If you're seeing this message, it means we're having trouble loading external resources on our website.

If you're behind a web filter, please make sure that the domains ***.kastatic.org** and ***.kasandbox.org** are unblocked.

Main content

Current time:0:00Total duration:8:54

We will now begin our journey
into the world of statistics, which is really a way
to understand or get our head around data. So statistics is all about data. And as we begin our journey
into the world of statistics, we will be doing
a lot of what we can call descriptive statistics. So if we have a bunch
of data, and if we want to tell something
about all of that data without giving them
all of the data, can we somehow describe it
with a smaller set of numbers? So that's what we're
going to focus on. And then once we
build our toolkit on the descriptive
statistics, then we can start to make
inferences about that data, start to make conclusions,
start to make judgments. And we'll start to do a lot
of inferential statistics, make inferences. So with that out of
the way, let's think about how we can describe data. So let's say we have
a set of numbers. We can consider this to be data. Maybe we're measuring
the heights of our plants in our garden. And let's say we
have six plants. And the heights are 4 inches,
3 inches, 1 inch, 6 inches, and another one's 1 inch,
and another one is 7 inches. And let's say someone just
said-- in another room, not looking at your
plants, just said, well, you know, how
tall are your plants? And they only want
to hear one number. They want to somehow
have one number that represents all of these
different heights of plants. How would you do that? Well, you'd say, well,
how can I find something that-- maybe I want
a typical number. Maybe I want some number that
somehow represents the middle. Maybe I want the
most frequent number. Maybe I want the number
that somehow represents the center of all
of these numbers. And if you said any
of those things, you would actually have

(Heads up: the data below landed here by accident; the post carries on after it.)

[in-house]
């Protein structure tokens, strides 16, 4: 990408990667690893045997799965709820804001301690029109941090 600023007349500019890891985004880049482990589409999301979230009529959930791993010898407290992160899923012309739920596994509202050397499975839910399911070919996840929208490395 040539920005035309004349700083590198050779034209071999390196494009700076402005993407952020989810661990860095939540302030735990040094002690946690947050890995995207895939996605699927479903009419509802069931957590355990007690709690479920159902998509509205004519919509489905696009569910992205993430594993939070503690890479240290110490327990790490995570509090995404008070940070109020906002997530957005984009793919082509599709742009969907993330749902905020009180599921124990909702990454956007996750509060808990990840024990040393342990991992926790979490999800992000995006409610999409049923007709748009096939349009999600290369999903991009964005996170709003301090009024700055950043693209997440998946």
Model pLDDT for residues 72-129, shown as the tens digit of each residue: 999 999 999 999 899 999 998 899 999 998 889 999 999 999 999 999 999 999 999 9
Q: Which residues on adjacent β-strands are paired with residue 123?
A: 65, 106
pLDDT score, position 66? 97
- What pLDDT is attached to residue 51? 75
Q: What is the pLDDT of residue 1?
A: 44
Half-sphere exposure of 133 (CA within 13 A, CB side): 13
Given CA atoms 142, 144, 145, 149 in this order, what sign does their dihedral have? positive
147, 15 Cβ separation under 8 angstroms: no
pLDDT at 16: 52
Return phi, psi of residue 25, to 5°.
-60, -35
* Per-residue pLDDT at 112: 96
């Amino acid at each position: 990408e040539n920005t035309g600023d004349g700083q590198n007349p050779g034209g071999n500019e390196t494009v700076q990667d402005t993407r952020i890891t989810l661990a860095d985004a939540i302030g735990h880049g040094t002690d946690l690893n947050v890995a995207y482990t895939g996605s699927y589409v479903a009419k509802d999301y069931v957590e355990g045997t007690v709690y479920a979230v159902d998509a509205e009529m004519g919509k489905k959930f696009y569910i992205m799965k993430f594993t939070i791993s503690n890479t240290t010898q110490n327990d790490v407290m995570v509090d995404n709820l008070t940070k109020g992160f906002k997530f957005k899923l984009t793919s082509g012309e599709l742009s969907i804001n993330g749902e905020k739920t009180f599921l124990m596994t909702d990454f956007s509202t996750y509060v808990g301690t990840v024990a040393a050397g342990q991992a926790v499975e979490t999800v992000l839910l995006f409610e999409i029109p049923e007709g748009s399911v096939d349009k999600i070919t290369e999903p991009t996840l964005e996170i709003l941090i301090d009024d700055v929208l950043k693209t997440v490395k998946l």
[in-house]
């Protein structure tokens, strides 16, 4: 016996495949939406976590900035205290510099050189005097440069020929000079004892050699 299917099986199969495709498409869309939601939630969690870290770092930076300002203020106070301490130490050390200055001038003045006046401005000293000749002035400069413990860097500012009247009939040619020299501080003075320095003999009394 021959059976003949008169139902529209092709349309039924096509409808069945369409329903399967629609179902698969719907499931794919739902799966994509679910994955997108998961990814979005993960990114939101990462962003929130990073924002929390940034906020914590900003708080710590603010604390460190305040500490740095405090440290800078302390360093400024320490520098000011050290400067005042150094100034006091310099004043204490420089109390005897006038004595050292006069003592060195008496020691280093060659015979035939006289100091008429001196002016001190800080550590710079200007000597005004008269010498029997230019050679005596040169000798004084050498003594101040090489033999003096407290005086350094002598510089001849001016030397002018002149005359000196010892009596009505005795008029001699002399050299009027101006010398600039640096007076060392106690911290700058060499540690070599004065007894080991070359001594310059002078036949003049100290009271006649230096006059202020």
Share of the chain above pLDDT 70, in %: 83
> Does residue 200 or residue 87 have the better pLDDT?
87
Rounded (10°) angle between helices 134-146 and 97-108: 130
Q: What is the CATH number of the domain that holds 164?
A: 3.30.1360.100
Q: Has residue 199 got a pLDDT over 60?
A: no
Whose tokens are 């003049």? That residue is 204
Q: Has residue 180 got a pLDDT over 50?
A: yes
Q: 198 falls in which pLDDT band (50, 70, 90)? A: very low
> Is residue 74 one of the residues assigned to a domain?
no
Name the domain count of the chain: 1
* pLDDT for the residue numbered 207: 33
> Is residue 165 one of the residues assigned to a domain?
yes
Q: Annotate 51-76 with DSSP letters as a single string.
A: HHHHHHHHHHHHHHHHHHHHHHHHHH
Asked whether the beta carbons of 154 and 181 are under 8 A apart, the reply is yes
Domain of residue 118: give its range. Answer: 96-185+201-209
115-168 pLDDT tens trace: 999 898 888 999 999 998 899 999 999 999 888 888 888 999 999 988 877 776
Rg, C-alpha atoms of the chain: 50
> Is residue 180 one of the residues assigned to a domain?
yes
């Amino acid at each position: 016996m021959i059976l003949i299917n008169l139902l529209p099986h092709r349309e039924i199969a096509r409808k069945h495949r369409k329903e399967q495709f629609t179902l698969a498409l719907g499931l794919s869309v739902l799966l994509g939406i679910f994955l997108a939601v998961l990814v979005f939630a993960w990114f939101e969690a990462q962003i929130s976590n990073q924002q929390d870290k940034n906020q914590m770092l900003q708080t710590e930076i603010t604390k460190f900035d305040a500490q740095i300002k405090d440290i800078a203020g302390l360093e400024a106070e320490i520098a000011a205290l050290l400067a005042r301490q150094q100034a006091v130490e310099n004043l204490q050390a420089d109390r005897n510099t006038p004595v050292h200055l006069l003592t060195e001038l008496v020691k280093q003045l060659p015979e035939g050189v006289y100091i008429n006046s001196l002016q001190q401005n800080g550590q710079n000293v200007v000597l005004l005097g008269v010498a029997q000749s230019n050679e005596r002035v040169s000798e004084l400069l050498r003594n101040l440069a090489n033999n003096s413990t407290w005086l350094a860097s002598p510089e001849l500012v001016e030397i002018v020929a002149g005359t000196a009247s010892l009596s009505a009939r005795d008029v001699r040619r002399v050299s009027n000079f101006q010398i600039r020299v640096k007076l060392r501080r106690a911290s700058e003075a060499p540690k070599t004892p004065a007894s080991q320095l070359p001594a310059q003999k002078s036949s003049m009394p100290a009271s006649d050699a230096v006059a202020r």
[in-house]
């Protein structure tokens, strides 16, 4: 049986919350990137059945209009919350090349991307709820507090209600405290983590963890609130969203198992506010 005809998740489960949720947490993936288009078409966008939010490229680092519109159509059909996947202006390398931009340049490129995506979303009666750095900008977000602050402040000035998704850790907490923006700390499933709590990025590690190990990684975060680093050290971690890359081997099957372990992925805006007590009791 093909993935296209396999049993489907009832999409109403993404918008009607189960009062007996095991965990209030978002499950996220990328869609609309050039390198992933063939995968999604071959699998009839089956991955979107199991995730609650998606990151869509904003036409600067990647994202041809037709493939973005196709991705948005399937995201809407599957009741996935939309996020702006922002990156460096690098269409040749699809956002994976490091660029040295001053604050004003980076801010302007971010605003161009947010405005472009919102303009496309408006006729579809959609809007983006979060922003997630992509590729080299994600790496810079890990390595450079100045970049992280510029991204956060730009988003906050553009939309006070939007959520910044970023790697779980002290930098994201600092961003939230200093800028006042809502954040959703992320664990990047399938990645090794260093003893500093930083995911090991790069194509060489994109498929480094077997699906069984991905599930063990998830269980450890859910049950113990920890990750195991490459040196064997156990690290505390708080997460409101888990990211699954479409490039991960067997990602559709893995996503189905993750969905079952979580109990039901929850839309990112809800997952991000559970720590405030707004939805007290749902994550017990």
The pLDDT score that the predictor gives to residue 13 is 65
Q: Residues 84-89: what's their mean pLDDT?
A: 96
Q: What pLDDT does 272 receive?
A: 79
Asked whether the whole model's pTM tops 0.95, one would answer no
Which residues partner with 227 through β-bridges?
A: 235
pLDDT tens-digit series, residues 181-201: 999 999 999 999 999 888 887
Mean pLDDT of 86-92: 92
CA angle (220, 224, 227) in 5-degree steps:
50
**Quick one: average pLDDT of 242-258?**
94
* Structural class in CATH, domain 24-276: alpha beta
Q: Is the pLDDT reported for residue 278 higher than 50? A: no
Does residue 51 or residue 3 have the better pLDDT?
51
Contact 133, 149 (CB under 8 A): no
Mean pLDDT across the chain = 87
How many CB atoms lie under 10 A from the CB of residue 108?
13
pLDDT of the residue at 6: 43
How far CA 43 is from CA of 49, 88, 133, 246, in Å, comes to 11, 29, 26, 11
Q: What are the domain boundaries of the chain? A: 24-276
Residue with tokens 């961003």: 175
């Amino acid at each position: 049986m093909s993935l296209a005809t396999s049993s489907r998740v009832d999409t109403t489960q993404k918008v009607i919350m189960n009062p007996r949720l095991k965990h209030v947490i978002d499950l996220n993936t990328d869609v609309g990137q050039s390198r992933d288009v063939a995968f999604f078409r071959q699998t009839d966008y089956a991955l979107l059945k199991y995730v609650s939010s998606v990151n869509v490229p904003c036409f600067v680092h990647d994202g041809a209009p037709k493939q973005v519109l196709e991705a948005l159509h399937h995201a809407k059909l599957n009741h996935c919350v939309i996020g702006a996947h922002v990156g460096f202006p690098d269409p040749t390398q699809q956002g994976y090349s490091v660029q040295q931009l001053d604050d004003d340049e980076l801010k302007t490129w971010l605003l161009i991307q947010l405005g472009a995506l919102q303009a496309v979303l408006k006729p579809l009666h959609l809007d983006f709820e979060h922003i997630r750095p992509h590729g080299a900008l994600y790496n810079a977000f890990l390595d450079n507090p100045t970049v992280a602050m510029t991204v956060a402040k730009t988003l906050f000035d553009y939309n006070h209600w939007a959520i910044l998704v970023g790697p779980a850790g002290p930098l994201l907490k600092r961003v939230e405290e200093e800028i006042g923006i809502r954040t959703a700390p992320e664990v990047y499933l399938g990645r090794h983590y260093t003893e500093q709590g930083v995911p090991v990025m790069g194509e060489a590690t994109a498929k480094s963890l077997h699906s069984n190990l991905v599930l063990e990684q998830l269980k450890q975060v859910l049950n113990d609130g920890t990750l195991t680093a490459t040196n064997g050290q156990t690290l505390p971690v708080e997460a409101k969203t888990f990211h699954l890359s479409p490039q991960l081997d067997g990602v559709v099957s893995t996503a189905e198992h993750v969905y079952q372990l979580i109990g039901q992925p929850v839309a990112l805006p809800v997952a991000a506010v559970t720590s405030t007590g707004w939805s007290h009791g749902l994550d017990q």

done the same things that the people who first came
up with descriptive statistics said. They said, well,
how can we do it? And we'll start by thinking
of the idea of average. And in every day
terminology, average has a very particular
meaning, as we'll see. When many people
talk about average, they're talking
about the arithmetic mean, which we'll see shortly. But in statistics, average
means something more general. It really means
give me a typical, or give me a middle number,
or-- and these are or's. And really it's
an attempt to find a measure of central tendency. So once again, you have
a bunch of numbers. You're somehow trying
to represent these with one number we'll call
the average, that's somehow typical, or middle,
or the center somehow of these numbers. And as we'll see, there's
many types of averages. The first is the one that you're
probably most familiar with. It's the one-- and
people talk about hey, the average on this exam
or the average height. And that's the arithmetic mean. Just let me write it in. I'll write in yellow,
arithmetic mean. When arithmetic is a noun,
we call it arithmetic. When it's an adjective like
this, we call it arithmetic, arithmetic mean. And this is really just the
sum of all the numbers divided by-- this is a human-constructed
definition that we've found useful-- the sum of
all these numbers divided by the number of
numbers we have. So given that, what
is the arithmetic mean of this data set? Well, let's just compute it. It's going to be 4 plus
3 plus 1 plus 6 plus 1 plus 7 over the number
of data points we have. So we have six data points. So we're going to divide by 6. And we get 4 plus 3 is 7,
plus 1 is 8, plus 6 is 14, plus 1 is 15, plus 7. 15 plus 7 is 22. Let me do that one more time. You have 7, 8, 14, 15,
22, all of that over 6. And we could write
this as a mixed number. 6 goes into 22 three times
with a remainder of 4. So it's 3 and 4/6, which is
the same thing as 3 and 2/3. We could write this as a
decimal with 3.6 repeating. So this is also 3.6 repeating. We could write it any